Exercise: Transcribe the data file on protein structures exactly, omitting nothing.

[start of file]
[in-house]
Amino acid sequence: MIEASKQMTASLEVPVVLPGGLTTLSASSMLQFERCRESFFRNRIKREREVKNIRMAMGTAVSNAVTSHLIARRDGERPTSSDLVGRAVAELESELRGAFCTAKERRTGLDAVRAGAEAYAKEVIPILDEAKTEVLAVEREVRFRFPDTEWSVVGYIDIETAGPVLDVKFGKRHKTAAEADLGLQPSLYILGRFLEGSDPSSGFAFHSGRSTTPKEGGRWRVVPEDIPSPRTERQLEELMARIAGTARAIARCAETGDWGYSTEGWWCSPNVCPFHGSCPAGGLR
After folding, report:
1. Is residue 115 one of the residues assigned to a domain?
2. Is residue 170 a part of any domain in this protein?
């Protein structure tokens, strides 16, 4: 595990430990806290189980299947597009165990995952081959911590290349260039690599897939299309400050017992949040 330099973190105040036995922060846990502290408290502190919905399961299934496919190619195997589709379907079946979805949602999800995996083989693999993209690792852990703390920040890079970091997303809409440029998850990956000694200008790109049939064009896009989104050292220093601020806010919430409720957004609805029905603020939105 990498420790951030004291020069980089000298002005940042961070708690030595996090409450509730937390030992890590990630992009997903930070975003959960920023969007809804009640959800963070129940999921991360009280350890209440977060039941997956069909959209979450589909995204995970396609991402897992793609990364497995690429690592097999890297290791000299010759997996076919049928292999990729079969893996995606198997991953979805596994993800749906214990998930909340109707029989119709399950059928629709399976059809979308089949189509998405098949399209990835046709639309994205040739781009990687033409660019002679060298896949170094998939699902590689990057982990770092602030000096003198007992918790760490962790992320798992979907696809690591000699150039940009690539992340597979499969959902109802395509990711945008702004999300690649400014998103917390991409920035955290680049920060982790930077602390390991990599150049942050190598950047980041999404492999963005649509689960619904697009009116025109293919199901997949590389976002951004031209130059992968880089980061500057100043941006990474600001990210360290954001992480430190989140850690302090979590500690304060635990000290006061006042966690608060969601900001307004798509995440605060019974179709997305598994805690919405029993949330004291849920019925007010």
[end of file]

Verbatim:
[in-house]
Amino acid sequence: MIEASKQMTASLEVPVVLPGGLTTLSASSMLQFERCRESFFRNRIKREREVKNIRMAMGTAVSNAVTSHLIARRDGERPTSSDLVGRAVAELESELRGAFCTAKERRTGLDAVRAGAEAYAKEVIPILDEAKTEVLAVEREVRFRFPDTEWSVVGYIDIETAGPVLDVKFGKRHKTAAEADLGLQPSLYILGRFLEGSDPSSGFAFHSGRSTTPKEGGRWRVVPEDIPSPRTERQLEELMARIAGTARAIARCAETGDWGYSTEGWWCSPNVCPFHGSCPAGGLR
After folding, report:
1. Is residue 115 one of the residues assigned to a domain?
2. Is residue 170 a part of any domain in this protein?
């Protein structure tokens, strides 16, 4: 595990430990806290189980299947597009165990995952081959911590290349260039690599897939299309400050017992949040 330099973190105040036995922060846990502290408290502190919905399961299934496919190619195997589709379907079946979805949602999800995996083989693999993209690792852990703390920040890079970091997303809409440029998850990956000694200008790109049939064009896009989104050292220093601020806010919430409720957004609805029905603020939105 990498420790951030004291020069980089000298002005940042961070708690030595996090409450509730937390030992890590990630992009997903930070975003959960920023969007809804009640959800963070129940999921991360009280350890209440977060039941997956069909959209979450589909995204995970396609991402897992793609990364497995690429690592097999890297290791000299010759997996076919049928292999990729079969893996995606198997991953979805596994993800749906214990998930909340109707029989119709399950059928629709399976059809979308089949189509998405098949399209990835046709639309994205040739781009990687033409660019002679060298896949170094998939699902590689990057982990770092602030000096003198007992918790760490962790992320798992979907696809690591000699150039940009690539992340597979499969959902109802395509990711945008702004999300690649400014998103917390991409920035955290680049920060982790930077602390390991990599150049942050190598950047980041999404492999963005649509689960619904697009009116025109293919199901997949590389976002951004031209130059992968880089980061500057100043941006990474600001990210360290954001992480430190989140850690302090979590500690304060635990000290006061006042966690608060969601900001307004798509995440605060019974179709997305598994805690919405029993949330004291849920019925007010």